Biographies

 KEYNOTE SPEAKERS
 
  

Takashi Asano

Abstract Title: Water Reuse

Takashi Asano is a pioneer and world-renowned authority in the field of water recycling and reuse. With more than 40 years of academic and professional experience in environmental and water resources engineering, his research and achievements have received international recognition. His contributions have been acknowledged with numerous awards, which include an honorary doctorate from the University of Hokkaido and the Jack McKee Medal of the Water Environment Federation. In 2001, he received
the prestigious “Stockholm Water Prize” for outstanding achievements in worldwide reuse from the King of Sweden, Carl XVI Gustaf.

His years of research and practical application in wastewater reclamation, recycling and reuse led to the safe use of reclaimed water, which resulted in California’s water recycling regulations and practices. These studies were used to promote water reuse in agricultural and landscape irrigation, groundwater recharge, industries and environmental improvement throughout the world. In particular, he has contributed to the development of integrated and efficient use of water for developing countries in the arid and semi-arid regions.

Born in Sapporo, Japan, Dr. Asano received his M.S.E. in Sanitary Engineering from the University of California at Berkeley and his Ph.D. in Environmental and Water Resources Engineering from the University of Michigan. In 2007, Dr. Asano along with F.L. Burton, H.L. Leverenz, R. Tsuchihashi, and G. Tchobanoglous published “Water Reuse: Issues, Technologies, and Applications”—a comprehensive textbook on water recycling and reuse for students, engineers, scientist and professionals.


Jennifer Orme-Zavaleta

Abstract Title: Risk Analysis and the Interactions Between Environment and Human Activity

Jennifer Orme-Zavaleta has been with the US Environmental Protection Agency (EPA) for nearly 30 years and is currently the Interim National Program Director for the Safe and Sustainable Water Resources Program. As the Interim Director, she is responsible for leading the development of research to achieve safe, resilient and sustainable solutions to the increasingly complex water challenges facing US regions, states, tribes, cities, and rural areas.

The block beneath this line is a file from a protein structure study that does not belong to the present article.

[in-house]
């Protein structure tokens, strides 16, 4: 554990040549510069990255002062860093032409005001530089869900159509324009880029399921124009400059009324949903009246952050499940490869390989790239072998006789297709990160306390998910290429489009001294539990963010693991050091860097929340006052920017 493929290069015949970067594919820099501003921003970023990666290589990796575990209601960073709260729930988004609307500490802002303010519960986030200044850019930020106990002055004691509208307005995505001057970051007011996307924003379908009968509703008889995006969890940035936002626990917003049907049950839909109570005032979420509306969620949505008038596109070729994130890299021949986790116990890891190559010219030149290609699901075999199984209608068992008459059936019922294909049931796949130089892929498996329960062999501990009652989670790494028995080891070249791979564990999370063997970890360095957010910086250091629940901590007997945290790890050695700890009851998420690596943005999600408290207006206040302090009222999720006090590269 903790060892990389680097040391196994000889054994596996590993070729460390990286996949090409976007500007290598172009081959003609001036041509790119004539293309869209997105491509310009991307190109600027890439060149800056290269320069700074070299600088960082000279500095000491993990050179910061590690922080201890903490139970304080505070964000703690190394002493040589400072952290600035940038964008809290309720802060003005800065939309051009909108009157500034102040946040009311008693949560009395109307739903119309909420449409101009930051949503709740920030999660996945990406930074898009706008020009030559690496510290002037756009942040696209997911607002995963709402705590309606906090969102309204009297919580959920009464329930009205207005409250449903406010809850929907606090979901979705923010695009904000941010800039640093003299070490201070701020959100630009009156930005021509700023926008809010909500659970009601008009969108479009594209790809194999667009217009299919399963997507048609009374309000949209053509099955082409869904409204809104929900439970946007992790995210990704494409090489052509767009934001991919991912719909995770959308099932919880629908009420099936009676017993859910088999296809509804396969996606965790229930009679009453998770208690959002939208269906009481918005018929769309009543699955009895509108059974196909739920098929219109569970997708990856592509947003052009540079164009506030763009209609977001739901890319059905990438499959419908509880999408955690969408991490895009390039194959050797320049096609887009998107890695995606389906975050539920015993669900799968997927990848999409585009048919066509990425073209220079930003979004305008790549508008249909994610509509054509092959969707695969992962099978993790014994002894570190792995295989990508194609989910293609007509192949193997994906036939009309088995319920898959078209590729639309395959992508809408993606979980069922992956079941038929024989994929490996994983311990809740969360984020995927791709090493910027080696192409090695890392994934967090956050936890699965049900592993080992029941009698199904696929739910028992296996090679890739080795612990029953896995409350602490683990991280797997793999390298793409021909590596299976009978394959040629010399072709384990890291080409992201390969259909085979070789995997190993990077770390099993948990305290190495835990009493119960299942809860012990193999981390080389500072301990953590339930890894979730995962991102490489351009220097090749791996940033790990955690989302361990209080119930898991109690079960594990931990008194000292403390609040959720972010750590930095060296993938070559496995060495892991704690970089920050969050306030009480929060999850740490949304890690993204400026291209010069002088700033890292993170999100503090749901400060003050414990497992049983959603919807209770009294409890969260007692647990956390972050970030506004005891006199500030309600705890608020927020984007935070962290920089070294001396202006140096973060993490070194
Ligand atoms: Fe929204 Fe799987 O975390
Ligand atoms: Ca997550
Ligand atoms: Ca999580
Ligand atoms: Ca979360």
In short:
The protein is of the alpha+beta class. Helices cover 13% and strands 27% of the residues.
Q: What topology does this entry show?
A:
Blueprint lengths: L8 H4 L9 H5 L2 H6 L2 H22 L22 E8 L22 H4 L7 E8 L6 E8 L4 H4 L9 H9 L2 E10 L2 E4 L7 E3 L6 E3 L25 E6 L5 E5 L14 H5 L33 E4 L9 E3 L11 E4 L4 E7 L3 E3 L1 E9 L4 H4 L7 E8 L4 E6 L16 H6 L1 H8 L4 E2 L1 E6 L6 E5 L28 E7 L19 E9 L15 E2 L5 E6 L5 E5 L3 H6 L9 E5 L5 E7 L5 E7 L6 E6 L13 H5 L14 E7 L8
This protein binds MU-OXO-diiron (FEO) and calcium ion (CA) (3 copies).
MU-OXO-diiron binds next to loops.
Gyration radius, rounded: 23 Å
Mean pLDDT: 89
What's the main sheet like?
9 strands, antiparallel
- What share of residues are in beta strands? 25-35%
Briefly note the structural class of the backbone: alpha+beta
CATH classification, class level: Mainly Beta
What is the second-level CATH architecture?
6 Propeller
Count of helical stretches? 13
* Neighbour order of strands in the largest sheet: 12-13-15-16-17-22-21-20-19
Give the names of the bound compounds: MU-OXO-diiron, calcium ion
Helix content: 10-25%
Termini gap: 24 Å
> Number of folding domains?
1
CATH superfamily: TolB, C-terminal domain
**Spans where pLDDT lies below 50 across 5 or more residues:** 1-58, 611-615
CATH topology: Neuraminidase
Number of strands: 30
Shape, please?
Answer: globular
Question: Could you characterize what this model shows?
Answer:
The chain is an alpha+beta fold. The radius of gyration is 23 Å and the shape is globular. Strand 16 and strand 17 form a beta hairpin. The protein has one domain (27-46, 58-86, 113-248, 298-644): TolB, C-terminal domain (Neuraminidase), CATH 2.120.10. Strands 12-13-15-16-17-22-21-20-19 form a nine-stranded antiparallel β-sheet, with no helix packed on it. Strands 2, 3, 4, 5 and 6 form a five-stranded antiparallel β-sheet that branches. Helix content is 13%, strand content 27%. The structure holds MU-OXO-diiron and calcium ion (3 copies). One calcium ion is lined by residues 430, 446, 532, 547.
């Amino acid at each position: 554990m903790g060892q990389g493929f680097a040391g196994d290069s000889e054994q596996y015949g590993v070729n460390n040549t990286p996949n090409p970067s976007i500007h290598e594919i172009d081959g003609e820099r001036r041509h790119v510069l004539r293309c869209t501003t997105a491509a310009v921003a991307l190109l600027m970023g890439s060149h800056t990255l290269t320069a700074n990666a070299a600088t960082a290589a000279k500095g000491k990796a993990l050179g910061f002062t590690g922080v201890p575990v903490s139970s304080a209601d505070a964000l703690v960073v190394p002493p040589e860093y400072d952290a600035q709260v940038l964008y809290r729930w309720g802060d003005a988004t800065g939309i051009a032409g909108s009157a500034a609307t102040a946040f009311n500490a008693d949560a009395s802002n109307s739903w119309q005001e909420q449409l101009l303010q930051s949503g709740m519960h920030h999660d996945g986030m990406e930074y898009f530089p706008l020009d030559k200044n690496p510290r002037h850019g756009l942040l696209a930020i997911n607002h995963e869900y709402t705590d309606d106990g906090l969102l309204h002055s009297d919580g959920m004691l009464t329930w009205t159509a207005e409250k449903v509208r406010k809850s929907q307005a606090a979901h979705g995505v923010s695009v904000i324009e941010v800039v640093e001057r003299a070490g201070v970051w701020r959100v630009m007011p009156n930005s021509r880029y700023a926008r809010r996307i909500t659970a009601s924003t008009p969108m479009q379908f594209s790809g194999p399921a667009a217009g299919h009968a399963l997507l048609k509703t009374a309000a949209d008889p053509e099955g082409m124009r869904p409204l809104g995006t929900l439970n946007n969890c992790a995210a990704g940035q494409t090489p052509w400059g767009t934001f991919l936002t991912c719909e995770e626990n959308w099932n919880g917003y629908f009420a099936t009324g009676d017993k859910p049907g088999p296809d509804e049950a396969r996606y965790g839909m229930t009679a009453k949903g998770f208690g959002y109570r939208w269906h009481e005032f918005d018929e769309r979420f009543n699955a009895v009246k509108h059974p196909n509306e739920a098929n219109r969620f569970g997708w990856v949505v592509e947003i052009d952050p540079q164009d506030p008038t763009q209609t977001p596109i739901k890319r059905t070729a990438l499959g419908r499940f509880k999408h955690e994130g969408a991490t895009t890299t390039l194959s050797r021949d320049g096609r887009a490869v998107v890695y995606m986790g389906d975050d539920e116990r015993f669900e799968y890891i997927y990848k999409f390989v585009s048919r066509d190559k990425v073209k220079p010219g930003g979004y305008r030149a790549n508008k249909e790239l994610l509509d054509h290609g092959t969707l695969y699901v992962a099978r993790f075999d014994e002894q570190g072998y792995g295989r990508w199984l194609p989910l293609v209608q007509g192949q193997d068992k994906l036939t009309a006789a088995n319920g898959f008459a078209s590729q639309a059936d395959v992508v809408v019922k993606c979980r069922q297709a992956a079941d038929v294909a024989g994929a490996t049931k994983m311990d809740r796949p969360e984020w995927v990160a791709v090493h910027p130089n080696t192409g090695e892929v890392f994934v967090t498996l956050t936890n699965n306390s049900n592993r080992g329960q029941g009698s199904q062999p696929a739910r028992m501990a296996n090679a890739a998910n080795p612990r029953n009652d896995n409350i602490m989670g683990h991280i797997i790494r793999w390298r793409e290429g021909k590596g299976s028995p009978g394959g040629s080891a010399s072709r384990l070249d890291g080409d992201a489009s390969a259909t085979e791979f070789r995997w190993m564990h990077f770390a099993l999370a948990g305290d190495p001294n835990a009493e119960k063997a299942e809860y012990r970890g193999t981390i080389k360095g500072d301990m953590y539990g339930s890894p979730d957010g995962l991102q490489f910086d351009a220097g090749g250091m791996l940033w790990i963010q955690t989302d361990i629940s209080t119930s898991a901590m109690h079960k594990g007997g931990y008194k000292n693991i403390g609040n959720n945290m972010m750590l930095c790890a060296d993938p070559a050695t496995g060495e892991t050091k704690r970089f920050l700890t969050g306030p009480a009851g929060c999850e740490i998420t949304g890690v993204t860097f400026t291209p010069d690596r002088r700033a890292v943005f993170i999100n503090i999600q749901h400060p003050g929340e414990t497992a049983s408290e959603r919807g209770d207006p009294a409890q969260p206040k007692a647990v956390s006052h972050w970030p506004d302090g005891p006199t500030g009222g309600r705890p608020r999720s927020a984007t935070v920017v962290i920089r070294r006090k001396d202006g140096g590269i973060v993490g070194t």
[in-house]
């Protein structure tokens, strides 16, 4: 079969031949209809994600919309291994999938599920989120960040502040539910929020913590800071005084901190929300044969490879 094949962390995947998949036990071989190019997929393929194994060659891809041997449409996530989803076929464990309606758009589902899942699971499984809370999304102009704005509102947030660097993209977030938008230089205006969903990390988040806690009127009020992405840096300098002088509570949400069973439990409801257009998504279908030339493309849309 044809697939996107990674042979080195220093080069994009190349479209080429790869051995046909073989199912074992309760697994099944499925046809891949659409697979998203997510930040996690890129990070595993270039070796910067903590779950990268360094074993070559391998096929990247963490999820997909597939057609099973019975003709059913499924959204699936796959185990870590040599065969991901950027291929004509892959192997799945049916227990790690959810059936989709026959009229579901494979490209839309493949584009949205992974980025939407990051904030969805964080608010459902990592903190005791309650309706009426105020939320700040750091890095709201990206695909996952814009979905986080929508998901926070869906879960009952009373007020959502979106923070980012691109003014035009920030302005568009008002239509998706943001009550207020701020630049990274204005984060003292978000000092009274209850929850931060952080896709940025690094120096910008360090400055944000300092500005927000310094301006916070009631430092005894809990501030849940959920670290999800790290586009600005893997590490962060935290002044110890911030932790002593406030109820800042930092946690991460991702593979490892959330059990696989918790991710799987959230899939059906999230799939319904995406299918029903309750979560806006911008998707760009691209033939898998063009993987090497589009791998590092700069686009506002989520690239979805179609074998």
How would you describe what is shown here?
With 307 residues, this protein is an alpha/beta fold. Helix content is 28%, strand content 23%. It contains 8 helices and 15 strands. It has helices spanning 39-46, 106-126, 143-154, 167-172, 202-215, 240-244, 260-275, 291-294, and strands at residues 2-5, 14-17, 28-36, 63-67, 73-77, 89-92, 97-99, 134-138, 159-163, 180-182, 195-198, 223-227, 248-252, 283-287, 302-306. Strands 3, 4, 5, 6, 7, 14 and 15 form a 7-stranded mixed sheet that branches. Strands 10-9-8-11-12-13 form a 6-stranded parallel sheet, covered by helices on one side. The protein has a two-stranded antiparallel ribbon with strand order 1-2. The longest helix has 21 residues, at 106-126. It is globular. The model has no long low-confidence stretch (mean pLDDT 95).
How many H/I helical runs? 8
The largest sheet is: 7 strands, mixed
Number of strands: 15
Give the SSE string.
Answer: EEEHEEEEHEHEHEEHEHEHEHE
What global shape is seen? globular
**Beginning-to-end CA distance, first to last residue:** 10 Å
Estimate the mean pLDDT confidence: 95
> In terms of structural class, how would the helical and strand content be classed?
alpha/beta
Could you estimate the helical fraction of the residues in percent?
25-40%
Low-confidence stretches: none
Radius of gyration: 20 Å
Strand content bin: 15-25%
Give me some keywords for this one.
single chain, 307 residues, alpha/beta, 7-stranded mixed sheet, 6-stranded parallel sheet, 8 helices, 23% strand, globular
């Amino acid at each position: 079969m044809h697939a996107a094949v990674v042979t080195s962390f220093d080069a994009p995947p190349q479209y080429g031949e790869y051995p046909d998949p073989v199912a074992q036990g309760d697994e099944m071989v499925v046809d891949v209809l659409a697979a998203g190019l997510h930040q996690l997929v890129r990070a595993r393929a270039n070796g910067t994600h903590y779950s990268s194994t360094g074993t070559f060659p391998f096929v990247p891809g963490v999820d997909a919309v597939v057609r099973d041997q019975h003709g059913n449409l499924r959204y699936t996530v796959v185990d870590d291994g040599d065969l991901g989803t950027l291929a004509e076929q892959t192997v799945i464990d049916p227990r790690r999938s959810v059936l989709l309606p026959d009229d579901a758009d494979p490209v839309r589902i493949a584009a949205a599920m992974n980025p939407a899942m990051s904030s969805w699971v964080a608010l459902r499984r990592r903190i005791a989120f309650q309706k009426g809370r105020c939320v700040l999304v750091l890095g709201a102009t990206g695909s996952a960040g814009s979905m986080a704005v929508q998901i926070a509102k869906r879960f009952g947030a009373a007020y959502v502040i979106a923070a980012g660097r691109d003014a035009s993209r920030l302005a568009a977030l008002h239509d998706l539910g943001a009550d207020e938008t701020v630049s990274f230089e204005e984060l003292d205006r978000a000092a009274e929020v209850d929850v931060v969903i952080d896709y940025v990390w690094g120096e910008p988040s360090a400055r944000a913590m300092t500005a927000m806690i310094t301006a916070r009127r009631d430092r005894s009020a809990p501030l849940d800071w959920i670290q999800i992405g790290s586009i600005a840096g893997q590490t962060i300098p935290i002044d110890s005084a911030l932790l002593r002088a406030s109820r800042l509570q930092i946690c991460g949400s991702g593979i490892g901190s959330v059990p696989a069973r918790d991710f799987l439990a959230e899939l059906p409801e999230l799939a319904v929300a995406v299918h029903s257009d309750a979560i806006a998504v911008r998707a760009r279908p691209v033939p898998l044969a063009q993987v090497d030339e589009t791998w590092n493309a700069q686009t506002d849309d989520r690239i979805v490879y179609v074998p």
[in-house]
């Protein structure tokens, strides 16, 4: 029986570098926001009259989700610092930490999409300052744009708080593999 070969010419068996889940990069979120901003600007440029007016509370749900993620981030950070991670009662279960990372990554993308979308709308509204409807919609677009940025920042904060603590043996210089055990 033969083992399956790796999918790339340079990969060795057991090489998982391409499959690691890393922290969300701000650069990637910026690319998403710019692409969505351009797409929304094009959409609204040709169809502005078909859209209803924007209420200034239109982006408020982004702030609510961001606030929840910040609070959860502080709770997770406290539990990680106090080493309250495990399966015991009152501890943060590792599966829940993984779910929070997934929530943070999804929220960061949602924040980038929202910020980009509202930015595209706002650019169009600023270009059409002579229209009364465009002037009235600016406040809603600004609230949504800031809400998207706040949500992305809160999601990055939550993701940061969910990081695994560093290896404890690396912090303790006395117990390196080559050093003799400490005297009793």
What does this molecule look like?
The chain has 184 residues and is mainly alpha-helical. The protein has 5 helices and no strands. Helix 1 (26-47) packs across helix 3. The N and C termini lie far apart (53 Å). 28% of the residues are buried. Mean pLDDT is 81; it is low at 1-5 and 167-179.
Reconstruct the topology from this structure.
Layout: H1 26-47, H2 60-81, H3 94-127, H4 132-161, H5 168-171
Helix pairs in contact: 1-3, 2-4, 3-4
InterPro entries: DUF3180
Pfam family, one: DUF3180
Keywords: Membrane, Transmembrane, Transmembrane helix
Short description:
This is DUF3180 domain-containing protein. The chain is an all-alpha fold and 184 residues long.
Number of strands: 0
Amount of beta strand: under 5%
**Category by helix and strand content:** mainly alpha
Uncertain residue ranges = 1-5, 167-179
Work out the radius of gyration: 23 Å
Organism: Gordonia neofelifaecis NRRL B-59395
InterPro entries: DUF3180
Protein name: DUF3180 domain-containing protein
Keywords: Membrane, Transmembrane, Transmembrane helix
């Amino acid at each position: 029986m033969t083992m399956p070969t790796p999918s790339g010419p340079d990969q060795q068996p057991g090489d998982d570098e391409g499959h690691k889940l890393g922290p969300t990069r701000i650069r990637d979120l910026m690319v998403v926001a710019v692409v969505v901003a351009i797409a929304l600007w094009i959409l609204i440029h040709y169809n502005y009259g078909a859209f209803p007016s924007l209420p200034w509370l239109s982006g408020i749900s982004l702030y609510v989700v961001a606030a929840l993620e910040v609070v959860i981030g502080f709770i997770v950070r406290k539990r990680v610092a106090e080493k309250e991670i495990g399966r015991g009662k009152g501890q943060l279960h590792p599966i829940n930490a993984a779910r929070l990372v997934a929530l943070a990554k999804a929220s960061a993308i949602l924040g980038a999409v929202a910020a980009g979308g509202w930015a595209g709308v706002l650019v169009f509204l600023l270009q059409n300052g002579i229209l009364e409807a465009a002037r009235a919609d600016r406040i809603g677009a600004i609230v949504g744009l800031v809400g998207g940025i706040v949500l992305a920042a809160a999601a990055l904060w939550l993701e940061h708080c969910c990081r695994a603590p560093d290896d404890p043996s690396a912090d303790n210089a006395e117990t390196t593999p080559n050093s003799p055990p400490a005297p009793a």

Dr. Orme-Zavaleta has experience in the areas of research, risk assessment, policy and regulation development, strategic planning, and program implementation. The focus of her work includes the evaluation of risks to human and ecosystem health, and the influence of environmental change on human health in response to a variety of stressors including chemicals, radionuclides, and microorganisms. Recently, she has been working to develop integrated risk analysis tools that evaluate the interactions between the environment and human activity.

Dr. Orme-Zavaleta received her Ph.D. in Wildlife Science and Public Health from Oregon State University.


Robert A. Underwood

Robert A. Underwood is a distinguished educator and the current president of the University of Guam. His commitment to high educational standards began as a classroom teacher in Guam’s public school system and progressed to a notable career at the University of Guam as a faculty member, Dean of the College of Education, Academic Vice President, and Director of the Bilingual Education Assistance for Micronesia. He is an acknowledged authority on the cultural, educational, and linguistic issues as well as federal-territorial relations in Guam and Micronesia.

As the Guam delegate to the US Congress from 1993 to 2003, he sponsored major legislation for Guam that resolved land disputes with the federal government, advocated for the extension of educational and social opportunities for Asian Americans and Pacific Islanders, and emphasized the importance of Guam and the Asian Pacific region in national strategic policy.